HTML-encoding lost when attribute read from input field

HTML-encoding lost when attribute read from input field

I’m using JavaScript to pull a value out from a hidden field and display it in a textbox. The value in the hidden field is encoded.
For example,

gets pulled into

via some jQuery to get the value from the hidden field (it’s at this point that I lose the encoding):

The problem is that when I read chalk & cheese from the hidden field, JavaScript seems to lose the encoding. I do not want the value to be chalk & cheese. I want the literal amp; to be retained.
Is there a JavaScript library or a jQuery method that will HTML-encode a string?


Solution 1:

EDIT: This answer was posted a long ago, and the htmlDecode function introduced a XSS vulnerability. It has been modified changing the temporary element from a div to a textarea reducing the XSS chance. But nowadays, I would encourage you to use the DOMParser API as suggested in other anwswer.

I use these functions:

function htmlEncode(value){
  // Create a in-memory element, set its inner text (which is automatically encoded)
  // Then grab the encoded contents back out. The element never exists on the DOM.
  return $('<textarea/>').text(value).html();

function htmlDecode(value){
  return $('<textarea/>').html(value).text();

Basically a div element is created in memory, but it is never appended to the document.

On the htmlEncode function I set the innerText of the element, and retrieve the encoded innerHTML; on the htmlDecode function I set the innerHTML value of the element and the innerText is retrieved.

Check a running example here.

Solution 2:

The jQuery trick doesn’t encode quote marks and in IE it will strip your whitespace.

Based on the escape templatetag in Django, which I guess is heavily used/tested already, I made this function which does what’s needed.

It’s arguably simpler (and possibly faster) than any of the workarounds for the whitespace-stripping issue – and it encodes quote marks, which is essential if you’re going to use the result inside an attribute value for example.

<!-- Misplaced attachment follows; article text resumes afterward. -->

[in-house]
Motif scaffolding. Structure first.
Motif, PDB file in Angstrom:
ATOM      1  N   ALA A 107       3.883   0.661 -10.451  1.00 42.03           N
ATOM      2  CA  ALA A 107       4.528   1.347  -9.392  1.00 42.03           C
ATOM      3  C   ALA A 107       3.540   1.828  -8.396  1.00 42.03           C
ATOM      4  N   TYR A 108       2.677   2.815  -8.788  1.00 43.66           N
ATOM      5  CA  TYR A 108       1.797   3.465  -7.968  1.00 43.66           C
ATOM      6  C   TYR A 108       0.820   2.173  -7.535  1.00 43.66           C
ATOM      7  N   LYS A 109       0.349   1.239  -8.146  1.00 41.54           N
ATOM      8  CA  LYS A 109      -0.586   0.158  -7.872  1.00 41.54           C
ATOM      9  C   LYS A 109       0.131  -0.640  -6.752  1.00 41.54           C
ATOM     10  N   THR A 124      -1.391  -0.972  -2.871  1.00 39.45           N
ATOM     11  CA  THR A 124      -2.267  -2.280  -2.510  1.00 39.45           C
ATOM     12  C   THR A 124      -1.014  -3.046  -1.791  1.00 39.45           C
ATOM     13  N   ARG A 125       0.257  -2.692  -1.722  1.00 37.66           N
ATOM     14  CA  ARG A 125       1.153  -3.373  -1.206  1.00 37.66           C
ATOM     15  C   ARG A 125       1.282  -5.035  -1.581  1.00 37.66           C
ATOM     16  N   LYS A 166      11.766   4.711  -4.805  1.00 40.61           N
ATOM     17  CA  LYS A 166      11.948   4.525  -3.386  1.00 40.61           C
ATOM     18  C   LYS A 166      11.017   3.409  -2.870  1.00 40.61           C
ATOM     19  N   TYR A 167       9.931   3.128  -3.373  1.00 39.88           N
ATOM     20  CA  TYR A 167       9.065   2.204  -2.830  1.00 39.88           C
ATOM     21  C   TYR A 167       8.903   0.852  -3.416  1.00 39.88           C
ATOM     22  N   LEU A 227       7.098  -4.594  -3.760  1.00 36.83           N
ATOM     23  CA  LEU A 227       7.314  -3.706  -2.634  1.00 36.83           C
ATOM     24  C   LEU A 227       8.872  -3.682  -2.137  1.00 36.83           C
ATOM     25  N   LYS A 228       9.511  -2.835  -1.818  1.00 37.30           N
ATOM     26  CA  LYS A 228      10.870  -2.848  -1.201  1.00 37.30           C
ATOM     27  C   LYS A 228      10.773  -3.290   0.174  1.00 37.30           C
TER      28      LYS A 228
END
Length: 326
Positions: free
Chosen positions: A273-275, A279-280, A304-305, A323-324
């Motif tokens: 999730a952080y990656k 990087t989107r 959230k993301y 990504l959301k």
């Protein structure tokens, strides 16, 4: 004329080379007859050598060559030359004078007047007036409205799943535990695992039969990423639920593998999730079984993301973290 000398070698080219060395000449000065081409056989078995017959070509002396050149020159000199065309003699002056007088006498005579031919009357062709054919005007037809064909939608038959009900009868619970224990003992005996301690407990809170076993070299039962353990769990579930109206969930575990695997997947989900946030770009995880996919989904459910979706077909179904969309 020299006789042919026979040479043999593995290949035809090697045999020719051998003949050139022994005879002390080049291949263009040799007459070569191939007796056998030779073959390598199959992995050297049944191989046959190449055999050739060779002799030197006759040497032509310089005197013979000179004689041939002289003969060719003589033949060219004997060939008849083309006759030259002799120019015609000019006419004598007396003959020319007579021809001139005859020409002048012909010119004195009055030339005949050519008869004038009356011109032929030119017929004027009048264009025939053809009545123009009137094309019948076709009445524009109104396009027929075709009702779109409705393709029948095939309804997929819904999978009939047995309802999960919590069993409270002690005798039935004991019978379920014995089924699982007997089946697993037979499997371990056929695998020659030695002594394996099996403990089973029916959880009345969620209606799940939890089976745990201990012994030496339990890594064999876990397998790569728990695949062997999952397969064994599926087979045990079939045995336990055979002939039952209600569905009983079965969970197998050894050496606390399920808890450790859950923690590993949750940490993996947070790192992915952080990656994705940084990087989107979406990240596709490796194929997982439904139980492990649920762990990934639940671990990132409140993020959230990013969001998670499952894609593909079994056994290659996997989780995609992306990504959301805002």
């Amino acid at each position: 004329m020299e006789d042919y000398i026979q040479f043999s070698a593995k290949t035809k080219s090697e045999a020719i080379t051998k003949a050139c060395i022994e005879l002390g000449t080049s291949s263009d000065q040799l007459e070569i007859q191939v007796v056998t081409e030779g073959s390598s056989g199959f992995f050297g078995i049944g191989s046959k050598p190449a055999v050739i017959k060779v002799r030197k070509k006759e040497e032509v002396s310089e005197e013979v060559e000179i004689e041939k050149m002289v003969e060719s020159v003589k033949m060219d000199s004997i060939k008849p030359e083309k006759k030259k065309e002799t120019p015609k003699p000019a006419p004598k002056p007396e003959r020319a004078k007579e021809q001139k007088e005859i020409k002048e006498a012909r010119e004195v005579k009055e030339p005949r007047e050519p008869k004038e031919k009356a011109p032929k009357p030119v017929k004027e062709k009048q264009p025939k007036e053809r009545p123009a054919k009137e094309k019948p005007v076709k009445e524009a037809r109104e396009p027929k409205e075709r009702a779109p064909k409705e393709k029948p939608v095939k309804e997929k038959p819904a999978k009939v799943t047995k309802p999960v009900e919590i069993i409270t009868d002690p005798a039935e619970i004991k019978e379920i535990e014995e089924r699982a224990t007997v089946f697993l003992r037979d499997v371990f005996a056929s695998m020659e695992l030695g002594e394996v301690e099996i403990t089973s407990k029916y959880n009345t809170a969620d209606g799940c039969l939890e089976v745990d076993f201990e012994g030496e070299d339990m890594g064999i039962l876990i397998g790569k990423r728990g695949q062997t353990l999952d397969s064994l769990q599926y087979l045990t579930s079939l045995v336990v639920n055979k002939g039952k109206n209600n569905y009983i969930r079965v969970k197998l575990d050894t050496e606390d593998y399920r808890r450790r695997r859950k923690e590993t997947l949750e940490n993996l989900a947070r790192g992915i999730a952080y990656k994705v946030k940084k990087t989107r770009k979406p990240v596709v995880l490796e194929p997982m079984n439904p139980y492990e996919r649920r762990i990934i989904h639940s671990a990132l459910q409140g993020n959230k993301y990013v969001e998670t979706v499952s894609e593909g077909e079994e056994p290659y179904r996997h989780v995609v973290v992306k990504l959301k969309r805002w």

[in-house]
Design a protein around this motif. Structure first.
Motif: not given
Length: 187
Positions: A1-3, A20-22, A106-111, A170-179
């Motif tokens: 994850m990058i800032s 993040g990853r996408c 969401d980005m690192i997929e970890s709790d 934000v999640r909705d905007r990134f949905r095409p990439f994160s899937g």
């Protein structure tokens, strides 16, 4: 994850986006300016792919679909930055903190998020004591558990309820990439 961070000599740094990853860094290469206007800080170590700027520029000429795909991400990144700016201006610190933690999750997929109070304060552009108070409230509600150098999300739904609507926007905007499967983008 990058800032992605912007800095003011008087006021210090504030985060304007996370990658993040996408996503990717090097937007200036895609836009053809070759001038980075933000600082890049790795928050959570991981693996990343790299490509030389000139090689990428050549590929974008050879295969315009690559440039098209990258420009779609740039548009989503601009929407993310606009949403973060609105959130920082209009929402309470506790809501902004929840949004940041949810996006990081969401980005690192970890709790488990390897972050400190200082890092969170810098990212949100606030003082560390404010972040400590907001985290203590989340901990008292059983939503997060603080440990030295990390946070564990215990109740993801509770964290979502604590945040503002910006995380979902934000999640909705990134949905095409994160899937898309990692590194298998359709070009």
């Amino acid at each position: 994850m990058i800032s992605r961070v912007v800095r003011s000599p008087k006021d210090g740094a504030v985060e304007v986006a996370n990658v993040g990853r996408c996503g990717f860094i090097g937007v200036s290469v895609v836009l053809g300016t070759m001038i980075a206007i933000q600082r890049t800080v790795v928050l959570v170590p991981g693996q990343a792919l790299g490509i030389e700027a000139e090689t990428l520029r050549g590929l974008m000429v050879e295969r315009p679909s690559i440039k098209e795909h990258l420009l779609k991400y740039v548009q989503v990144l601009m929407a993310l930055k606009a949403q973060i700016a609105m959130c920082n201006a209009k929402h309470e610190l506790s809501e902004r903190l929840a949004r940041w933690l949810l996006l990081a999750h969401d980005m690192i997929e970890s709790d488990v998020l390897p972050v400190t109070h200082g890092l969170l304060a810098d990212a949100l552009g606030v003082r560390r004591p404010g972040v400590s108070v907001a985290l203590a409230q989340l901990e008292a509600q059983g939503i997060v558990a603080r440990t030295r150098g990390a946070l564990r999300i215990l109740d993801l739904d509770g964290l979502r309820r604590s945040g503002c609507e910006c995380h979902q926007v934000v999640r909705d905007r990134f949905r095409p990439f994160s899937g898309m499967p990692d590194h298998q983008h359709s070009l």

function htmlEscape(str) {
    return str
        .replace(/&/g, '&amp;')
        .replace(/"/g, '&quot;')
        .replace(/'/g, '&#39;')
        .replace(/</g, '&lt;')
        .replace(/>/g, '&gt;');

// I needed the opposite function today, so adding here too:
function htmlUnescape(str){
    return str
        .replace(/&quot;/g, '"')
        .replace(/&#39;/g, "'")
        .replace(/&lt;/g, '<')
        .replace(/&gt;/g, '>')
        .replace(/&amp;/g, '&');

Update 2013-06-17:
In the search for the fastest escaping I have found this implementation of a replaceAll method:
(also referenced here: Fastest method to replace all instances of a character in a string)
Some performance results here:

It gives identical result string to the builtin replace chains above. I’d be very happy if someone could explain why it’s faster!?

Update 2015-03-04:
I just noticed that AngularJS are using exactly the method above:

They add a couple of refinements – they appear to be handling an obscure Unicode issue as well as converting all non-alphanumeric characters to entities. I was under the impression the latter was not necessary as long as you have an UTF8 charset specified for your document.

I will note that (4 years later) Django still does not do either of these things, so I’m not sure how important they are:

Update 2016-04-06:
You may also wish to escape forward-slash /. This is not required for correct HTML encoding, however it is recommended by OWASP as an anti-XSS safety measure. (thanks to @JNF for suggesting this in comments)

        .replace(/\//g, '&#x2F;');

Solution 3:

Here’s a non-jQuery version that is considerably faster than both the jQuery .html() version and the .replace() version. This preserves all whitespace, but like the jQuery version, doesn’t handle quotes.

function htmlEncode( html ) {
    return document.createElement( 'a' ).appendChild( 
        document.createTextNode( html ) ).parentNode.innerHTML;


speed test

Demo: jsFiddle




function htmlEncode( html ) {
    return document.createElement( 'a' ).appendChild( 
        document.createTextNode( html ) ).parentNode.innerHTML;

function htmlDecode( html ) {
    var a = document.createElement( 'a' ); a.innerHTML = html;
    return a.textContent;

document.getElementById( 'text' ).value = htmlEncode( document.getElementById( 'hidden' ).value );

//sanity check
var html = '<div>   &amp; hello</div>';
document.getElementById( 'same' ).textContent = 
      'html === htmlDecode( htmlEncode( html ) ): ' 
    + ( html === htmlDecode( htmlEncode( html ) ) );


<input id="hidden" type="hidden" value="chalk    &amp; cheese" />
<input id="text" value="" />
<div id="same"></div>

Solution 4:

I know this is an old one, but I wanted to post a variation of the accepted answer that will work in IE without removing lines:

function multiLineHtmlEncode(value) {
    var lines = value.split(/\r\n|\r|\n/);
    for (var i = 0; i < lines.length; i++) {
        lines[i] = htmlEncode(lines[i]);
    return lines.join('\r\n');

function htmlEncode(value) {
    return $('<div/>').text(value).html();

Solution 5:

Underscore provides _.escape() and _.unescape() methods that do this.

> _.unescape( "chalk &amp; cheese" );
  "chalk & cheese"

> _.escape( "chalk & cheese" );
  "chalk &amp; cheese"

Solution 6:

Good answer. Note that if the value to encode is undefined or null with jQuery 1.4.2 you might get errors such as:

jQuery("<div/>").text(value).html is not a function


Uncaught TypeError: Object has no method 'html'

The solution is to modify the function to check for an actual value:

function htmlEncode(value){ 
    if (value) {
        return jQuery('<div/>').text(value).html(); 
    } else {
        return '';